Blanc SVSE 6 - Blanc - SVSE 6 - Génomique, génétique, bioinformatique et biologie systémique

Uncovering the role of novel histone modifications in transcription and their mechanistic impact on chromatin function – CoreAc

Uncofering the role of histone modifications in gene expression and transcription

The aim of this project is to decipher the role of histone modifications situated on the lateral surface of the histone octamer. This location of these modifications is particularly important since it can directly affect the interaction of the histone proteins with the DNA and thereby directly affect chromatin dependent processes.

Understaning ho hsitone modifications can directly regulate gene expression

Histone proteins pack the DNA within the nucleus of a cell/ Overall the aim of project is (i) to functionally characterise novel histone modifications, to (ii) significantly advance our understanding of how histone acetylations can regulate transcription, (iii) to try to demonstrate that histone modifications can regulate DNA-dependent processes beyond the recruitment of specific binders, as the current model for tail modifications dictates, and (iv) to try to show that acetylation of histone lysines can be causative, rather than merely consequential, with respect to regulating DNA dependent processes, such as transcription

The main methods used for this project are :
ChIP, biochemstry, complex purifications, chromatin reconsitutions, in vitro transcription

We want to demonstrate that small chemical modifications of the histone proteins can indeed regulate the expression of genes, or if they are merely bystanders. For this we focused on a modification called acetylation within the copact core of the nucleosome the structure compacts DNA. We showed that these modifications can ideed directly regulate gene expression and can hence be important in all cellular processes.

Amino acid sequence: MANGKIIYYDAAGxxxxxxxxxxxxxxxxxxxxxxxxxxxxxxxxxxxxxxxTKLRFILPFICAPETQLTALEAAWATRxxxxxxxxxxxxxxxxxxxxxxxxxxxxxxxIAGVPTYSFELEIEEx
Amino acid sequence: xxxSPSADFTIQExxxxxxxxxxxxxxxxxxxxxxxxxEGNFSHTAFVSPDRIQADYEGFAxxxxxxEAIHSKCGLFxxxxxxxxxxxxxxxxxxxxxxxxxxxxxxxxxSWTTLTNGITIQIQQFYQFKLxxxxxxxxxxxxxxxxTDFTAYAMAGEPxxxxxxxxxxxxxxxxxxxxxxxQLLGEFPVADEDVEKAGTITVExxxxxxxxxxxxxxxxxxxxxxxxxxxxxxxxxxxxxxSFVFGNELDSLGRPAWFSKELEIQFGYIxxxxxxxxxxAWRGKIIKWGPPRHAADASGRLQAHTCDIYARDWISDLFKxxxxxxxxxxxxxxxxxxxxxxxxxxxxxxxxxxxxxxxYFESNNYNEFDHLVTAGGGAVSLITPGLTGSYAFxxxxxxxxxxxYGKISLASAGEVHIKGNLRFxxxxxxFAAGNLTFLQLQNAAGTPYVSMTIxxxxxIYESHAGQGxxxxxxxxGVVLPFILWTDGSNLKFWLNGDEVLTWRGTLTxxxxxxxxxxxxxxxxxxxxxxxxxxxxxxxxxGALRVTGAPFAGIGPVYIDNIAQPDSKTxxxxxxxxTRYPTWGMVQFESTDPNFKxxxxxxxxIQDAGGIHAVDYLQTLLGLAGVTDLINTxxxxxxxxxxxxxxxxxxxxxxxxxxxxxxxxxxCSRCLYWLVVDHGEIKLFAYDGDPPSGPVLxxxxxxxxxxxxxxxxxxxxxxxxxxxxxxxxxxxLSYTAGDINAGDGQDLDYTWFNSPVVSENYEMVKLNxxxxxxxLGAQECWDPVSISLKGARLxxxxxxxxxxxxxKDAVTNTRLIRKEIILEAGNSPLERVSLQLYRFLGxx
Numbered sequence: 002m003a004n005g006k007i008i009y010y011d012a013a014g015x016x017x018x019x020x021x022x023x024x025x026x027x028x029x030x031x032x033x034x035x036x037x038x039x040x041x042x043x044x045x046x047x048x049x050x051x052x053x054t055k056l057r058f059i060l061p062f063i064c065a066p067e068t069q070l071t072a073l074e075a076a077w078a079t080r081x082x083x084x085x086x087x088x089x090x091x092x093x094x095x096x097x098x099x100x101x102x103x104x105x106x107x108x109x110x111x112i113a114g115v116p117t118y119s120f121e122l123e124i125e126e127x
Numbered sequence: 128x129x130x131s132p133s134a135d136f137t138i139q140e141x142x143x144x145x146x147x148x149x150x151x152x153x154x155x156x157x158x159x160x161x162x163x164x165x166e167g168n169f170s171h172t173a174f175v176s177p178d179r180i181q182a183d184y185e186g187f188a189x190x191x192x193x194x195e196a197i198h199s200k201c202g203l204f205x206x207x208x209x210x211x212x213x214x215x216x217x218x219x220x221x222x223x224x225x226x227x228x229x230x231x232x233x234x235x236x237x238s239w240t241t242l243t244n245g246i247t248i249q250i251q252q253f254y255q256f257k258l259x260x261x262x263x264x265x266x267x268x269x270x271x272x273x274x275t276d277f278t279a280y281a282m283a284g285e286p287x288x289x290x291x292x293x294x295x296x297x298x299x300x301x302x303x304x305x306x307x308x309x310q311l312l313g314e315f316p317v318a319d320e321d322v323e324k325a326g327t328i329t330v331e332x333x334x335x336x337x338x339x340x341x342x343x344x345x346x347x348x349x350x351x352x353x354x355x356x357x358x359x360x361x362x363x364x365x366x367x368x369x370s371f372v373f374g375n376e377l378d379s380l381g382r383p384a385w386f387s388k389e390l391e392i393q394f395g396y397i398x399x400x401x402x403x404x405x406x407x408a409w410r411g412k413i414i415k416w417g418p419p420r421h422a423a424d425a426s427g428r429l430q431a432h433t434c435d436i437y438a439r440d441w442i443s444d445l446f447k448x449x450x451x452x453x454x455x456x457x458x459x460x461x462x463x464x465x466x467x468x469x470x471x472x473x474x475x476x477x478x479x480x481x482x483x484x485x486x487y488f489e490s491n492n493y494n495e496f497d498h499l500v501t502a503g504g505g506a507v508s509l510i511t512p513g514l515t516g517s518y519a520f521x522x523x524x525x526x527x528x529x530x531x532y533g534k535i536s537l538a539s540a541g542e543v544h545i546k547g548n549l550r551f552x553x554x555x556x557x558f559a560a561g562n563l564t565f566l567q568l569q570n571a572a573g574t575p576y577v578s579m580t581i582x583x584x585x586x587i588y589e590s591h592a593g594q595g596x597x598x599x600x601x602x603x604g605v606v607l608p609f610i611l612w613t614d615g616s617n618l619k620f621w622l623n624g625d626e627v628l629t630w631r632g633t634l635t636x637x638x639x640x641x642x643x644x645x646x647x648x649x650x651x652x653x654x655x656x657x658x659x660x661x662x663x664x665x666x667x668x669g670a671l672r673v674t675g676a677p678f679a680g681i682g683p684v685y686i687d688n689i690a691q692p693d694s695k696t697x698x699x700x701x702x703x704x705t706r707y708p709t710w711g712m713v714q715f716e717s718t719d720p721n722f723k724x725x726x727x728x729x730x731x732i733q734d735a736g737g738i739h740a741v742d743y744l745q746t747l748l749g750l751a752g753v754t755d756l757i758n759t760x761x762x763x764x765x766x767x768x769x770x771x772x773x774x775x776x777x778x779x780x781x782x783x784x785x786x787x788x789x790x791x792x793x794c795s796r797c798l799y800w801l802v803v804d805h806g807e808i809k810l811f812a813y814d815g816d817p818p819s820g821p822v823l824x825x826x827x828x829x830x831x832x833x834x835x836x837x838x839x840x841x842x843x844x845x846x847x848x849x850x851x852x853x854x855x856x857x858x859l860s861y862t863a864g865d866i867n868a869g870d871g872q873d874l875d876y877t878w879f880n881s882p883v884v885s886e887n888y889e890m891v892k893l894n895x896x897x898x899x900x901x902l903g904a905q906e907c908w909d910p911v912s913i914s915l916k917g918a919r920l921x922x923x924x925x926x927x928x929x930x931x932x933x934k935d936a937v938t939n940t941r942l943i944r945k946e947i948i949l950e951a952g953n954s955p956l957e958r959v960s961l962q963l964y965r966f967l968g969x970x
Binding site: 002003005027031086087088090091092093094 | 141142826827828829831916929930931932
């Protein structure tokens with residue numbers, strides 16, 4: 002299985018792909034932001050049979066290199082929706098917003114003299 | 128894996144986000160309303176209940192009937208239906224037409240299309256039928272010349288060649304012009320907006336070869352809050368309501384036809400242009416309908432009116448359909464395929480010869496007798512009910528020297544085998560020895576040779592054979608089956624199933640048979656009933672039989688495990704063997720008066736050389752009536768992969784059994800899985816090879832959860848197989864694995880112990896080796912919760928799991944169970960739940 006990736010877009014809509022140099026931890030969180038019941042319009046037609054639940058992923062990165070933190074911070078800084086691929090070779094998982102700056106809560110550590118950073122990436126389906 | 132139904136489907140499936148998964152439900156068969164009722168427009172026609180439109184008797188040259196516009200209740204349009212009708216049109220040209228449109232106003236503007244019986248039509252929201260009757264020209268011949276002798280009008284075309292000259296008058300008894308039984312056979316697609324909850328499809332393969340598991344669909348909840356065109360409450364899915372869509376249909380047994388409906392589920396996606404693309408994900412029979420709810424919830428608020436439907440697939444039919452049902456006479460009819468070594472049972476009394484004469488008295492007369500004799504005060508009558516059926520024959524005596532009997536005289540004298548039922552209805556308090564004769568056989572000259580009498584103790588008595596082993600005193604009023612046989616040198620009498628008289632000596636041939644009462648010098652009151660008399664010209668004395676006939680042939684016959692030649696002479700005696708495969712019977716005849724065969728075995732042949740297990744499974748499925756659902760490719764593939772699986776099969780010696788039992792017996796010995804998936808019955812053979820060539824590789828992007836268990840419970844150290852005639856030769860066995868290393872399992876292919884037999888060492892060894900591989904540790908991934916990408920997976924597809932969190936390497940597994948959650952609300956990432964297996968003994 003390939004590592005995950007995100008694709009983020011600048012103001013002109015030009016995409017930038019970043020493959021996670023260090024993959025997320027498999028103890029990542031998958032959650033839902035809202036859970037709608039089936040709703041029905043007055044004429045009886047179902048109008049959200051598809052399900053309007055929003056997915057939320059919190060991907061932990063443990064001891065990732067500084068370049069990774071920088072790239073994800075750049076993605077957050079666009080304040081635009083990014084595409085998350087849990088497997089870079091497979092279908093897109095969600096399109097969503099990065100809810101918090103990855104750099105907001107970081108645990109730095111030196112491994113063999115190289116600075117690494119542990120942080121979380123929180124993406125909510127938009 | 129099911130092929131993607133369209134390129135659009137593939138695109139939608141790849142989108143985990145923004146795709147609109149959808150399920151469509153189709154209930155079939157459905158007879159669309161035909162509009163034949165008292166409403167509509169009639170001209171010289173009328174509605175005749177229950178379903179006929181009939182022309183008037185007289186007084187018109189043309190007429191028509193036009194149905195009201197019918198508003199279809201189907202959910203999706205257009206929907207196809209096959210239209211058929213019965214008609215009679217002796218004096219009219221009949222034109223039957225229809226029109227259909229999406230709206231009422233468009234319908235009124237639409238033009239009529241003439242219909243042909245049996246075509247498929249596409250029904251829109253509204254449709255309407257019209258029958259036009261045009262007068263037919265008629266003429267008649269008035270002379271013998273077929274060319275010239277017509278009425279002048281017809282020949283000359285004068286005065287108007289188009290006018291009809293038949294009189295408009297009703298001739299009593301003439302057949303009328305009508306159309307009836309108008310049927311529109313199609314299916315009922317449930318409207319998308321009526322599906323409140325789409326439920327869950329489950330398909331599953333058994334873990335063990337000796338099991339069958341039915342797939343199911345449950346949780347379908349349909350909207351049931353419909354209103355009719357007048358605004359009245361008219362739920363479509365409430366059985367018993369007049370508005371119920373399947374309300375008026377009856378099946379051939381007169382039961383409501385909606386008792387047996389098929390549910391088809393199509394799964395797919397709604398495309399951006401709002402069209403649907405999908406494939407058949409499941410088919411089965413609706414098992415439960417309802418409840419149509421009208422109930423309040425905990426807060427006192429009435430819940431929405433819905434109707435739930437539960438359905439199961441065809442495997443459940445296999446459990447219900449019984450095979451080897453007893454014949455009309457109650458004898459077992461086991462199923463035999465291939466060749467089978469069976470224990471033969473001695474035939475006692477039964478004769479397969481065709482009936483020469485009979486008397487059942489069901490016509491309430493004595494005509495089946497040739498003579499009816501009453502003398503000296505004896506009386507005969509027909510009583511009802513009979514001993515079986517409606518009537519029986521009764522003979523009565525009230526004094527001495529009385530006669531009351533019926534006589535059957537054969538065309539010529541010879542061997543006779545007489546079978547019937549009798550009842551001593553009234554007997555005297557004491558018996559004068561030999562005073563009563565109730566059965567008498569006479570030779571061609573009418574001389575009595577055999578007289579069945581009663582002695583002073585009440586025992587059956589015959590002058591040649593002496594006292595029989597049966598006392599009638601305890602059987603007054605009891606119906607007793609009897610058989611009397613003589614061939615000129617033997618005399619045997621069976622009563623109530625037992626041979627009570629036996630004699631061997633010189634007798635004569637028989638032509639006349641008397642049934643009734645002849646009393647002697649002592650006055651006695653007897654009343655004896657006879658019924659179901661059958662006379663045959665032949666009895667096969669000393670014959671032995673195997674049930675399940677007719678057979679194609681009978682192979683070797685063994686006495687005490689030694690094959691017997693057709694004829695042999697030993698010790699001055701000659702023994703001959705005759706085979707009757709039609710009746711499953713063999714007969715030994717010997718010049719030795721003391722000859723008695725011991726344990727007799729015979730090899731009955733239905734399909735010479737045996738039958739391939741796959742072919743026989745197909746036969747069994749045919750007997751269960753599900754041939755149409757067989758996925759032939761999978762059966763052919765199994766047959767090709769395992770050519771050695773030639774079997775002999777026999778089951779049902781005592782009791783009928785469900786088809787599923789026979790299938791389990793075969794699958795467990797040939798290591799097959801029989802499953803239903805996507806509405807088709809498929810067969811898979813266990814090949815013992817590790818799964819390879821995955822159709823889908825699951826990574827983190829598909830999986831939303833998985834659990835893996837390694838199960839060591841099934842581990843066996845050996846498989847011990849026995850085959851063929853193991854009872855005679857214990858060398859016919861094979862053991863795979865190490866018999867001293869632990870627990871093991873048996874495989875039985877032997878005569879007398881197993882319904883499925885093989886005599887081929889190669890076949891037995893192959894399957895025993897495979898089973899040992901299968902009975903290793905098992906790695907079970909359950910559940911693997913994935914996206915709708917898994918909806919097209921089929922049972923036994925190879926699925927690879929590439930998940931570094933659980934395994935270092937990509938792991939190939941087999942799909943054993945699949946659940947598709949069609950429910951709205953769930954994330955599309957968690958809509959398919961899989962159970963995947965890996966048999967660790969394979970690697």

Our work will be the first systematic functional characterization of novel modifications within the core of the nucleosome and will therefore address key questions in biology. We will study these new lateral surface acetylations comprehensively by a unique combination of in vivo and in vitro approaches that will allow us to understand for the first time their function and the mechanism(s) how they regulate transcription and hence all cellular processes.

During the first 18mont the 2 partners published 12 peer reviewed international publications and 1 book chapter. Furthermore results from this project were presented at 8 international meetings

Histone proteins form the building blocks of eukaryotic chromatin. Covalent modifications of histones can regulate all DNA dependent processes. Multiple studies have highlighted histone N-terminal modifications as key regulators of chromatin function and the current model is that tail modifications act via the recruitment of specific binders that then regulate many different processes, such as transcription. However, fundamental questions are still unanswered: to date (i) the set of identified histone modifications is still incomplete and very little is known about modifications in the core of the nucleosome (ii) so far functional outcomes have not been directly attributable to a particular modification per se, but rather to the downstream recruitment of proteins with specialized binding domains (and their associated partner) and (iii) we still do not know whether histone modifications actually regulate transcription directly (i.e. have a causative role rather than being mere by-products of e.g. transcription).